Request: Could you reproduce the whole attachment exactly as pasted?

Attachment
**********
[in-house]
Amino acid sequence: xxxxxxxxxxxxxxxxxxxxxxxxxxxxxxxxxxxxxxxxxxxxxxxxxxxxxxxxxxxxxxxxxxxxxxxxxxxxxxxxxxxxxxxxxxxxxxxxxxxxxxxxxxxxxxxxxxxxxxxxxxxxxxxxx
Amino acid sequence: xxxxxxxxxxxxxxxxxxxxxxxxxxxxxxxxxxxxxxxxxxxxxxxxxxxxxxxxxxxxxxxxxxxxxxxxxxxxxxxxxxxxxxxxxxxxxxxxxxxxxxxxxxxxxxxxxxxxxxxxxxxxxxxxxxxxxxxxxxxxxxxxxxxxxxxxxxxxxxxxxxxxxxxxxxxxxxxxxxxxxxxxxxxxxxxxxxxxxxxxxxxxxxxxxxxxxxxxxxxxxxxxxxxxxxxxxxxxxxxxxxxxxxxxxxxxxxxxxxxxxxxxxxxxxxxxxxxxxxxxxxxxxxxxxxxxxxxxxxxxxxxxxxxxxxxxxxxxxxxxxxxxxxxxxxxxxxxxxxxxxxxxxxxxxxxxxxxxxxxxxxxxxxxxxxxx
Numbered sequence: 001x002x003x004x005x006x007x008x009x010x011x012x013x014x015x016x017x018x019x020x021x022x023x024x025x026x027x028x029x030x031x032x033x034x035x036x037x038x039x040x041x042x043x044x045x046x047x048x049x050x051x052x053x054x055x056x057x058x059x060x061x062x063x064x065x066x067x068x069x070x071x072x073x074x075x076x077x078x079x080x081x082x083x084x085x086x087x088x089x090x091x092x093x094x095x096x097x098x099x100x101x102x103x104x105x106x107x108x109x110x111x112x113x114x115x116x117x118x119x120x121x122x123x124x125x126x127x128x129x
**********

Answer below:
[in-house]
Amino acid sequence: xxxxxxxxxxxxxxxxxxxxxxxxxxxxxxxxxxxxxxxxxxxxxxxxxxxxxxxxxxxxxxxxxxxxxxxxxxxxxxxxxxxxxxxxxxxxxxxxxxxxxxxxxxxxxxxxxxxxxxxxxxxxxxxxx
Amino acid sequence: xxxxxxxxxxxxxxxxxxxxxxxxxxxxxxxxxxxxxxxxxxxxxxxxxxxxxxxxxxxxxxxxxxxxxxxxxxxxxxxxxxxxxxxxxxxxxxxxxxxxxxxxxxxxxxxxxxxxxxxxxxxxxxxxxxxxxxxxxxxxxxxxxxxxxxxxxxxxxxxxxxxxxxxxxxxxxxxxxxxxxxxxxxxxxxxxxxxxxxxxxxxxxxxxxxxxxxxxxxxxxxxxxxxxxxxxxxxxxxxxxxxxxxxxxxxxxxxxxxxxxxxxxxxxxxxxxxxxxxxxxxxxxxxxxxxxxxxxxxxxxxxxxxxxxxxxxxxxxxxxxxxxxxxxxxxxxxxxxxxxxxxxxxxxxxxxxxxxxxxxxxxxxxxxxxxx
Numbered sequence: 001x002x003x004x005x006x007x008x009x010x011x012x013x014x015x016x017x018x019x020x021x022x023x024x025x026x027x028x029x030x031x032x033x034x035x036x037x038x039x040x041x042x043x044x045x046x047x048x049x050x051x052x053x054x055x056x057x058x059x060x061x062x063x064x065x066x067x068x069x070x071x072x073x074x075x076x077x078x079x080x081x082x083x084x085x086x087x088x089x090x091x092x093x094x095x096x097x098x099x100x101x102x103x104x105x106x107x108x109x110x111x112x113x114x115x116x117x118x119x120x121x122x123x124x125x126x127x128x129x